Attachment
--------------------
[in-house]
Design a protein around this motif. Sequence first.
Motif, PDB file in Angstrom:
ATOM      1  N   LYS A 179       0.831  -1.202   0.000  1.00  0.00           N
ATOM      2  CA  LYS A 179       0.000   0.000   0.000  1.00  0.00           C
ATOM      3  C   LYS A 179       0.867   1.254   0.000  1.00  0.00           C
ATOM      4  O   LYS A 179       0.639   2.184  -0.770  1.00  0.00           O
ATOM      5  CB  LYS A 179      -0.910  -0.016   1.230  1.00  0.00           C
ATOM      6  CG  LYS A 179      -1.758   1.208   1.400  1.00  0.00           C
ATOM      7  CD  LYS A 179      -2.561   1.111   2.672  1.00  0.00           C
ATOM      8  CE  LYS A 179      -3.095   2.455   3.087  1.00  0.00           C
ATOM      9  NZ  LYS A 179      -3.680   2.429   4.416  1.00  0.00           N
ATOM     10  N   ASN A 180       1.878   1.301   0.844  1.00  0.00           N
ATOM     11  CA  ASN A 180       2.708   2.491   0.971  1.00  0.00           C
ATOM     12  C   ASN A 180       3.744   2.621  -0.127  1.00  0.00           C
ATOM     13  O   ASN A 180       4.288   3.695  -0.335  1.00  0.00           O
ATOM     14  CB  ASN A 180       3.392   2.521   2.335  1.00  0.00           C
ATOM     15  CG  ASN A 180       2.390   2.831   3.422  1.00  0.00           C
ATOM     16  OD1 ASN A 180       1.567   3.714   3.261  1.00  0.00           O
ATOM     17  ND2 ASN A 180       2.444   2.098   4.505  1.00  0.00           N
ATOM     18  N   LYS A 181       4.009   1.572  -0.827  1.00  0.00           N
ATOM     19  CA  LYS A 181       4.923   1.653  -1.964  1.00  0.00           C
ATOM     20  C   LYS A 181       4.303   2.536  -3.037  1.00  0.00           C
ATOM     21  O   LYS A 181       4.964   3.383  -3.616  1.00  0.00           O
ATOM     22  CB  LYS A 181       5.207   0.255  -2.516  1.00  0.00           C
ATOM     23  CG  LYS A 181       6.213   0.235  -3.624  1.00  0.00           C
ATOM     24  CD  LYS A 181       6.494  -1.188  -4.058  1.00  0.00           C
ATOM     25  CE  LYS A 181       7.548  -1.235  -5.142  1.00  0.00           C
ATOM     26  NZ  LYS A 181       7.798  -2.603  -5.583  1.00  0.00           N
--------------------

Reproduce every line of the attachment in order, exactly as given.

[in-house]
Design a protein around this motif. Sequence first.
Motif, PDB file in Angstrom:
ATOM      1  N   LYS A 179       0.831  -1.202   0.000  1.00  0.00           N
ATOM      2  CA  LYS A 179       0.000   0.000   0.000  1.00  0.00           C
ATOM      3  C   LYS A 179       0.867   1.254   0.000  1.00  0.00           C
ATOM      4  O   LYS A 179       0.639   2.184  -0.770  1.00  0.00           O
ATOM      5  CB  LYS A 179      -0.910  -0.016   1.230  1.00  0.00           C
ATOM      6  CG  LYS A 179      -1.758   1.208   1.400  1.00  0.00           C
ATOM      7  CD  LYS A 179      -2.561   1.111   2.672  1.00  0.00           C
ATOM      8  CE  LYS A 179      -3.095   2.455   3.087  1.00  0.00           C
ATOM      9  NZ  LYS A 179      -3.680   2.429   4.416  1.00  0.00           N
ATOM     10  N   ASN A 180       1.878   1.301   0.844  1.00  0.00           N
ATOM     11  CA  ASN A 180       2.708   2.491   0.971  1.00  0.00           C
ATOM     12  C   ASN A 180       3.744   2.621  -0.127  1.00  0.00           C
ATOM     13  O   ASN A 180       4.288   3.695  -0.335  1.00  0.00           O
ATOM     14  CB  ASN A 180       3.392   2.521   2.335  1.00  0.00           C
ATOM     15  CG  ASN A 180       2.390   2.831   3.422  1.00  0.00           C
ATOM     16  OD1 ASN A 180       1.567   3.714   3.261  1.00  0.00           O
ATOM     17  ND2 ASN A 180       2.444   2.098   4.505  1.00  0.00           N
ATOM     18  N   LYS A 181       4.009   1.572  -0.827  1.00  0.00           N
ATOM     19  CA  LYS A 181       4.923   1.653  -1.964  1.00  0.00           C
ATOM     20  C   LYS A 181       4.303   2.536  -3.037  1.00  0.00           C
ATOM     21  O   LYS A 181       4.964   3.383  -3.616  1.00  0.00           O
ATOM     22  CB  LYS A 181       5.207   0.255  -2.516  1.00  0.00           C
ATOM     23  CG  LYS A 181       6.213   0.235  -3.624  1.00  0.00           C
ATOM     24  CD  LYS A 181       6.494  -1.188  -4.058  1.00  0.00           C
ATOM     25  CE  LYS A 181       7.548  -1.235  -5.142  1.00  0.00           C
ATOM     26  NZ  LYS A 181       7.798  -2.603  -5.583  1.00  0.00           N